The number of important medical discoveries at Harvard Medical School since the 1970s has more than quadrupled when compared to the previous 150 years. The pace of medical technology advancement clips along quite rapidly. Here are nine recent or pending discoveries and what they mean for the future of medicine.
1. 3D Medical Imaging
It’s no secret that the medical community faces a shortage of physicians, sometimes due to the intense, difficult nature of medical school. 3D4Medical hopes to make the medical school experience more practical and possible with 3D recordings of moving muscles, tissue and organs to help students see in a less-theoretical model of how different systems of the body actually work through a suite of apps. EchoPixel is another 3D platform that takes a patient’s anatomy from various already-existing scanning methods (i.e., MRI, X-ray), renders it in an augmented reality format viewable with special glasses, and makes it accessible for medical professionals.
This level of interactivity makes it more possible to interpret a patient’s symptoms and plan for surgery with more accuracy. The digital nature of planning for surgery with 3D imaging also makes it possible for doctors around the world to share expertise and collaborate when they need additional opinions.
2. 3D-Printed Prescription Drugs
Prescription drugs are often distributed by pharmacists and doctors using standard, boilerplate doses that help make the process quick and efficient. However, many times these prescriptions are not precisely personalized for each patient, and a tiny adjustment in dosage size can make all the difference. With that in mind, 3D-printing prescription drugs is a new development that could revolutionize how drugs are made.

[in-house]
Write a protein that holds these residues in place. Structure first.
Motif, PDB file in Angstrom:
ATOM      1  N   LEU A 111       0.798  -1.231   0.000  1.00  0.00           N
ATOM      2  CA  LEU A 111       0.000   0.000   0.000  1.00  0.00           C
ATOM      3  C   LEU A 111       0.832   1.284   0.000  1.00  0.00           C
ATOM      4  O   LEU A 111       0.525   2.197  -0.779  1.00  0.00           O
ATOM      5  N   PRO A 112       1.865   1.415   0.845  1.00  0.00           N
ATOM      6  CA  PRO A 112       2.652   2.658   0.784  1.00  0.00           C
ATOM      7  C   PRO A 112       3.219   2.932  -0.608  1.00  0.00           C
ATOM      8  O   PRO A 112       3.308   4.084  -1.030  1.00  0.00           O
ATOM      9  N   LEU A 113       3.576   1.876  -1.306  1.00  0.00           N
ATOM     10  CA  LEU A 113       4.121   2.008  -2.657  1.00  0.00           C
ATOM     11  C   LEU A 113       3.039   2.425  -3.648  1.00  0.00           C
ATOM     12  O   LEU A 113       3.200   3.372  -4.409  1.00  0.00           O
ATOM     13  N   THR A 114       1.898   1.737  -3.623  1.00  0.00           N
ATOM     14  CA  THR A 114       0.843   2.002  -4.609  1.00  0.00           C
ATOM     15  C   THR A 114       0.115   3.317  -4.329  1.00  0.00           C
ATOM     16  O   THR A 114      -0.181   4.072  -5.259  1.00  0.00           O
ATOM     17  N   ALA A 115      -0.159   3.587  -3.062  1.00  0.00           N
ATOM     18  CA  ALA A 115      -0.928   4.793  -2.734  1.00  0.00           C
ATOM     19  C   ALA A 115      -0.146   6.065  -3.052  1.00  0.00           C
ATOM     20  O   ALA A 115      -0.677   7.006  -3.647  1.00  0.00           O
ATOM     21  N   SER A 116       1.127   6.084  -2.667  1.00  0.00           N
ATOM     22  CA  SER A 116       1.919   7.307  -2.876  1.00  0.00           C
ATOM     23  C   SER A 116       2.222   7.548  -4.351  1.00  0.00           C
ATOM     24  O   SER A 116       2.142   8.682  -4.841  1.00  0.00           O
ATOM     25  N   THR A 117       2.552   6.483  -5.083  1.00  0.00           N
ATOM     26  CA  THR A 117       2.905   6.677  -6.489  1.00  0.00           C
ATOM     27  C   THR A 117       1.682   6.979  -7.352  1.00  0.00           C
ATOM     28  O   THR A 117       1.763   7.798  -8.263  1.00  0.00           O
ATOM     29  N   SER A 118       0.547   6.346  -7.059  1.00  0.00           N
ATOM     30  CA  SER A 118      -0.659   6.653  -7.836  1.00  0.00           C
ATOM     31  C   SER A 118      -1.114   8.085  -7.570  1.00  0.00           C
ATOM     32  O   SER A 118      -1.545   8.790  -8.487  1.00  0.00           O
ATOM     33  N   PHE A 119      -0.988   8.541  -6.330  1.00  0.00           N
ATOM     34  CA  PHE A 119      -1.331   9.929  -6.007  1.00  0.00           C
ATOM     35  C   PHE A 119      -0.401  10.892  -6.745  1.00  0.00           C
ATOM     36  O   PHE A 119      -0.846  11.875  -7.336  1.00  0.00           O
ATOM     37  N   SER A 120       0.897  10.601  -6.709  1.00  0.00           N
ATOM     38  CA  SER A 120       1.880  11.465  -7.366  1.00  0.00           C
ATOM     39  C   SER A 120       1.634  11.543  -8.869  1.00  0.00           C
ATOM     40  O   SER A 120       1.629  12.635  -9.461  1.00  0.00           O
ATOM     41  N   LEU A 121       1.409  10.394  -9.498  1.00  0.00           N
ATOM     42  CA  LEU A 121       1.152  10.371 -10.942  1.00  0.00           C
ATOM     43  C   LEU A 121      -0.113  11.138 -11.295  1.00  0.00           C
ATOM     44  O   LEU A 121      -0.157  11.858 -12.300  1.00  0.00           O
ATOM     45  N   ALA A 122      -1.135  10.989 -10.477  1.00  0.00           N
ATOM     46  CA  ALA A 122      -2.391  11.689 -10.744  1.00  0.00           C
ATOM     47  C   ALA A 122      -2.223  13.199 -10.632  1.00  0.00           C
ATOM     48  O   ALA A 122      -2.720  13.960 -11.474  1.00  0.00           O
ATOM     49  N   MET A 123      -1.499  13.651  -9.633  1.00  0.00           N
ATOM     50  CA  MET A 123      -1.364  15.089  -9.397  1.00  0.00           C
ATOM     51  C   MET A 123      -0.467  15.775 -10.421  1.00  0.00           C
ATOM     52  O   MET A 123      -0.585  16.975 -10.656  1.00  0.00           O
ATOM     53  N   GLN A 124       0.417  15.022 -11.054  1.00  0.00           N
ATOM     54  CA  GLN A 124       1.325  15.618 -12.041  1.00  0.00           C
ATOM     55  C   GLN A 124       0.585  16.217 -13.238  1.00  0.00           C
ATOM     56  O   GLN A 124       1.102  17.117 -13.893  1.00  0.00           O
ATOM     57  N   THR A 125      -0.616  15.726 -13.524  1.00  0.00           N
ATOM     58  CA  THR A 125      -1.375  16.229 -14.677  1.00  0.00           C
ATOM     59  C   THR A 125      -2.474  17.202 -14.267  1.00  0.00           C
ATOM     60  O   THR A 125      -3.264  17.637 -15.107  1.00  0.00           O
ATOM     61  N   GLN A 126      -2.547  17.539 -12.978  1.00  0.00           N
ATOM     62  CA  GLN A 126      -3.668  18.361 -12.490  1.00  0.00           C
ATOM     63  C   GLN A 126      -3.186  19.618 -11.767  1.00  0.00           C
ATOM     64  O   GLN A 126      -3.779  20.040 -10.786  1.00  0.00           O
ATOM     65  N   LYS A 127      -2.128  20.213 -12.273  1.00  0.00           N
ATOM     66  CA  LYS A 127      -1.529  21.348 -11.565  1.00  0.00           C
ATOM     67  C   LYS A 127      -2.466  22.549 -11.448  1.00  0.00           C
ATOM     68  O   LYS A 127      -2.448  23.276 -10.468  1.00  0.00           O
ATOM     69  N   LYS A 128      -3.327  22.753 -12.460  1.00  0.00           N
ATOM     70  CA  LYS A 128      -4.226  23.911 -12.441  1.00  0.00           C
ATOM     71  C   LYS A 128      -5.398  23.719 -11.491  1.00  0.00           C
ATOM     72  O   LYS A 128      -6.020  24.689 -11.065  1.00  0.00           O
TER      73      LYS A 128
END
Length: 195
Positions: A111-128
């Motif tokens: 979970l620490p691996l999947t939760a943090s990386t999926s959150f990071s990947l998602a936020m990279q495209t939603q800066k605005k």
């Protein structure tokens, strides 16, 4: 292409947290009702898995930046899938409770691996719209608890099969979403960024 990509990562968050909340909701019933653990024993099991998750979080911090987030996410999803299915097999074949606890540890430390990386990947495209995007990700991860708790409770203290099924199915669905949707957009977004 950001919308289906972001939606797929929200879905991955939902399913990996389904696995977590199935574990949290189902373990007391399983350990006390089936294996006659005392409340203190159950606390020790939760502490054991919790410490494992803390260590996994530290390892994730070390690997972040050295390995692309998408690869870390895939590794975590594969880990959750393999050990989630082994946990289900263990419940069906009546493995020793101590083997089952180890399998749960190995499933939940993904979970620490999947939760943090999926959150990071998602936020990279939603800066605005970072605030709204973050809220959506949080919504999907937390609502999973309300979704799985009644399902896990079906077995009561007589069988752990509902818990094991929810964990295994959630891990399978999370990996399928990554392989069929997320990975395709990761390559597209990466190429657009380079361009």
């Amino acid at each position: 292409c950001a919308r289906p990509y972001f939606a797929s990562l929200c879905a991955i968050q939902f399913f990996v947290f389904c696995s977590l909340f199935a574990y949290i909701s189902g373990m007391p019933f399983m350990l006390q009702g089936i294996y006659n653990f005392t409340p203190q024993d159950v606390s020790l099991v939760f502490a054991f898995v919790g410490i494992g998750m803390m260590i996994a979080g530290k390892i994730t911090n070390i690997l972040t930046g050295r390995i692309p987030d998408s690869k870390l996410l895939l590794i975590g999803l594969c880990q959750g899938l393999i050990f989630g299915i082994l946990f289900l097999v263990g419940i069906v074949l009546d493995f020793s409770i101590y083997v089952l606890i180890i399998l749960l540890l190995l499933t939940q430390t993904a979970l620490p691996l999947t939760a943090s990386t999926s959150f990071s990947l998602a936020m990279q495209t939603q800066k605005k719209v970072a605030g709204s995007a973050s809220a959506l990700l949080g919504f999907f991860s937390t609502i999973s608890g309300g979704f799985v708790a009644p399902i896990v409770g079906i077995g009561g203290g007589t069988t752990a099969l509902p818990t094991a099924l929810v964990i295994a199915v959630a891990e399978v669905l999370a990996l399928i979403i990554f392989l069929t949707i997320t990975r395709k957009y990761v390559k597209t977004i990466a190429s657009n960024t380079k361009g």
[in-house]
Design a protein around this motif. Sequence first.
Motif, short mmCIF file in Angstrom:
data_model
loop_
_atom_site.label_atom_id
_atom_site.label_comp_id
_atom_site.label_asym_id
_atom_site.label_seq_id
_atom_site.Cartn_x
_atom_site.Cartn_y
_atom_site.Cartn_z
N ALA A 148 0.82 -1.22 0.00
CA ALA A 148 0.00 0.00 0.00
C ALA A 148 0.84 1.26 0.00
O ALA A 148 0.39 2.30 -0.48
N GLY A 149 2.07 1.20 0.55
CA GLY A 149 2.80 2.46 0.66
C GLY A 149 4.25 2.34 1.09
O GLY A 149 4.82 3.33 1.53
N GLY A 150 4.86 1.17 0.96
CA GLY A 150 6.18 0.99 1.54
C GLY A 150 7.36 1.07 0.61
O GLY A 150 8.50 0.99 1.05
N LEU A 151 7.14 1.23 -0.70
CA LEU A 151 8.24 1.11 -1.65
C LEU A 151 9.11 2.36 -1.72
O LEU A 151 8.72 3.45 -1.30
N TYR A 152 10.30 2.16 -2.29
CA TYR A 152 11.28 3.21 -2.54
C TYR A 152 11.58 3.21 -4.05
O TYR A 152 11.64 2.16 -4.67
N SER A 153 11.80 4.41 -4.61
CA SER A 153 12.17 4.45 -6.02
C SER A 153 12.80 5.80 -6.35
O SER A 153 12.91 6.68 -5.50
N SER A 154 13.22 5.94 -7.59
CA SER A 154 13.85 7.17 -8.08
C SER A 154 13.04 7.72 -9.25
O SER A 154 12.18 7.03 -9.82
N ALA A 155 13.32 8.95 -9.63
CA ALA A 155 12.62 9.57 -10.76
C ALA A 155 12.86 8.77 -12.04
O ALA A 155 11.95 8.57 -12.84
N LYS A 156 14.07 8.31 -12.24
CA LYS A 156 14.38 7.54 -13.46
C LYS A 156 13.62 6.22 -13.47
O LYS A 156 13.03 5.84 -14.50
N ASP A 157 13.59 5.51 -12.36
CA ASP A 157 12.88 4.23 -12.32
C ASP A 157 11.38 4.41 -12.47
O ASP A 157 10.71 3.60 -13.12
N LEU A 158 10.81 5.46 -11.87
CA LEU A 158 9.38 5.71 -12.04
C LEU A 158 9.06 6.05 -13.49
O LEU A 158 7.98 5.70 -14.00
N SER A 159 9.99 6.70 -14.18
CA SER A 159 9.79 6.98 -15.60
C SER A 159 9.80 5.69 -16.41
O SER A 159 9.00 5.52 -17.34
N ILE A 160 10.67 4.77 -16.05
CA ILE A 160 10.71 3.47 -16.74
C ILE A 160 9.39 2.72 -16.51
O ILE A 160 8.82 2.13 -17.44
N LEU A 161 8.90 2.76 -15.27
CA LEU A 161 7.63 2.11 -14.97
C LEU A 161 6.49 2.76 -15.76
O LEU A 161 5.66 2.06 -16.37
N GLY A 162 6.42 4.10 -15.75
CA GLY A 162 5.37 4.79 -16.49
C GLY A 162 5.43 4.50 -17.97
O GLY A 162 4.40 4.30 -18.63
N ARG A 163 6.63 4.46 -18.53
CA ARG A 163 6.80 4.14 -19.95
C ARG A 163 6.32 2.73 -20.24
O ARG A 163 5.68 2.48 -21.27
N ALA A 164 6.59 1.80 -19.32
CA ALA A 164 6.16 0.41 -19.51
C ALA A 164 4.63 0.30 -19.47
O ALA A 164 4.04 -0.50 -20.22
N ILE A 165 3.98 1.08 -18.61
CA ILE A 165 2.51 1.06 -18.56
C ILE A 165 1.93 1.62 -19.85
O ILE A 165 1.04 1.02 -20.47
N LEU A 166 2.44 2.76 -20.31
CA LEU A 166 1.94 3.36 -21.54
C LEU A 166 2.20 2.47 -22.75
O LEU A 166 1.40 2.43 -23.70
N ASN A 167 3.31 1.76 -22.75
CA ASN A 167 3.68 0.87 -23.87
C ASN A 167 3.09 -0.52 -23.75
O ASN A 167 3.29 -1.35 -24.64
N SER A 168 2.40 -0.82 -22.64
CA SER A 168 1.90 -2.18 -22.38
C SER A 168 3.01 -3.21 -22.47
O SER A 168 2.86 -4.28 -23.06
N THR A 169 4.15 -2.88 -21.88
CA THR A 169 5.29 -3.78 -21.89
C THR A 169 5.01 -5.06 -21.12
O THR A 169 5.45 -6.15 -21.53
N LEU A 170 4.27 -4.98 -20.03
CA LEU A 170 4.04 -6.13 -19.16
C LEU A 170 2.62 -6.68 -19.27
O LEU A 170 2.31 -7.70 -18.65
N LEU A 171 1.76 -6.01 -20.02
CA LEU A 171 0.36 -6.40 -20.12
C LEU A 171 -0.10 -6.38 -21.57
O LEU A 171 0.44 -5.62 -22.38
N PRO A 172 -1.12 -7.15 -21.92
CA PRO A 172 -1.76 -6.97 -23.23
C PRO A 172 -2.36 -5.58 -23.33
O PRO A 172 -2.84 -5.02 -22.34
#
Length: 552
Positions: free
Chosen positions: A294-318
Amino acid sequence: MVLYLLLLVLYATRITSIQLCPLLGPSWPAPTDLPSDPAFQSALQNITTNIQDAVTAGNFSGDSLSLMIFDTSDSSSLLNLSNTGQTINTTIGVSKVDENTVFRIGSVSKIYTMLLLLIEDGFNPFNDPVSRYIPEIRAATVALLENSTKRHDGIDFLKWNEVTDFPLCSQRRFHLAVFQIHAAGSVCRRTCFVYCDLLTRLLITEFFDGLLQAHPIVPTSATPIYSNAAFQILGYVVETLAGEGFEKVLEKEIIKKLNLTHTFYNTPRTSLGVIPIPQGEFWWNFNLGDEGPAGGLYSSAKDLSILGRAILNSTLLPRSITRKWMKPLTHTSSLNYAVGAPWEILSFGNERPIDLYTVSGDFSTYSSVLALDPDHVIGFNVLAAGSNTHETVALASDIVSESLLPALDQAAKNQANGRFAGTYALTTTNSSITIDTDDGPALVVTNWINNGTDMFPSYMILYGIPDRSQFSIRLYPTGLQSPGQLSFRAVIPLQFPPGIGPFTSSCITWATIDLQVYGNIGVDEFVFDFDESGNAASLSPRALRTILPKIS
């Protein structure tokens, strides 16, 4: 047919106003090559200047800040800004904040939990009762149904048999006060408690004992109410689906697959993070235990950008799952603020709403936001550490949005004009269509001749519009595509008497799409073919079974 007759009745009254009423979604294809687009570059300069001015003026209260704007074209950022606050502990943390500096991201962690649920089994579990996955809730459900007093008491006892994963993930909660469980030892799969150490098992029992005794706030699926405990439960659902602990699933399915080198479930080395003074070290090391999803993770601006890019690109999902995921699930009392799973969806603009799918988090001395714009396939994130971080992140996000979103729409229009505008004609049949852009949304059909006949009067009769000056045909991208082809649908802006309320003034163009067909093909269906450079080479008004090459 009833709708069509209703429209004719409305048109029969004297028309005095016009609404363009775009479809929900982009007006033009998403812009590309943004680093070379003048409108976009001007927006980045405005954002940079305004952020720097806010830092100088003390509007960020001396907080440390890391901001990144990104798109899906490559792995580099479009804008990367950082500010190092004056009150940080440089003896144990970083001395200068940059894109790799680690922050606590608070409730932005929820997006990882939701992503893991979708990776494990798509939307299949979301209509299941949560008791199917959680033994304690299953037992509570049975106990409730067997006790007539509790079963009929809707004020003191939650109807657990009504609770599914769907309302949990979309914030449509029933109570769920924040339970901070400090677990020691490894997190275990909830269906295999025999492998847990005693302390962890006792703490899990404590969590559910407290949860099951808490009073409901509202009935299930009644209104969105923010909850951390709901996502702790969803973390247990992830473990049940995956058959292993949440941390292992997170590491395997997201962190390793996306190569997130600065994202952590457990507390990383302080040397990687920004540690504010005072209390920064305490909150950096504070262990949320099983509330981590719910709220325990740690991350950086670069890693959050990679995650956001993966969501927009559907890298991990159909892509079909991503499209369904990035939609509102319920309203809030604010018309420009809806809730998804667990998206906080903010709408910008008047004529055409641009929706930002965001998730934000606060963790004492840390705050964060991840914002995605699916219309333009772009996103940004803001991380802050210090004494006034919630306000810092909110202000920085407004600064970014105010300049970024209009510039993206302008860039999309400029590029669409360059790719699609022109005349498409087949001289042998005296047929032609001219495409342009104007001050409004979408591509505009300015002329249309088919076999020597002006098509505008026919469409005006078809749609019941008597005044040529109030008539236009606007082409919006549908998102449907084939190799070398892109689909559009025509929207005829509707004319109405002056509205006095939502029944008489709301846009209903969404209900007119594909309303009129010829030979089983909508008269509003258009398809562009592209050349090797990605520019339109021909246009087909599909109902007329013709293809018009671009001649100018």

By using precisely measured droplets, cellulose, powder bases and potato starch films—instead of ink—in multilayered matrices, multiple prescription drugs that work well together could be combined into one pill. This combination will make it easier for the elderly to keep track of their prescription medications, thereby decreasing the risk of medication abuse or neglect.
3. Internal Tourniquet: ER-Reboa
In May 2017, a speeding car plowed into a crowd at Times Square and injured more than 22 people, killing one. The ER-Reboa catheter saved lives that day, as it stanched the blood flow of one injured victim who was hemorrhaging internally. This balloon device was originally designed for use by vascular surgeons and is only used one time and thrown away, costing about $2,000, which is comparatively cheap to most vascular devices used in surgery. One medical journal even cited using the ER-Reboa in a cesarean hysterectomy, where the mother refused blood transfusions for religious reasons.
4. Brain–Computer Interface
The field of neuroscience and neurotechnology has dedicated millions of dollars and hours of labor into finding ways to connect brain signals with information input on a computer. One recent case was that of Hanneke De Bruijne, a Dutch doctor who was diagnosed with ALS, or Lou Gehrig’s disease. Her loss of speech and muscular control left her unable to communicate, except for a device invented by a group of researchers that combines eye-tracking technology with an interface that detects her brain’s electrical signals, so she can type out words one letter at a time.
Another device being developed is an implant that rides on top of the brain-blood barrier and can sense neural activity, interpreting the activity as information that could be sent to other devices. One anticipated use for such a device includes instant, nonverbal communication between armed forces members. Sound like something from the future? Well, it’s not too far away.
5. Blood Tests Detecting Early-Stage Cancer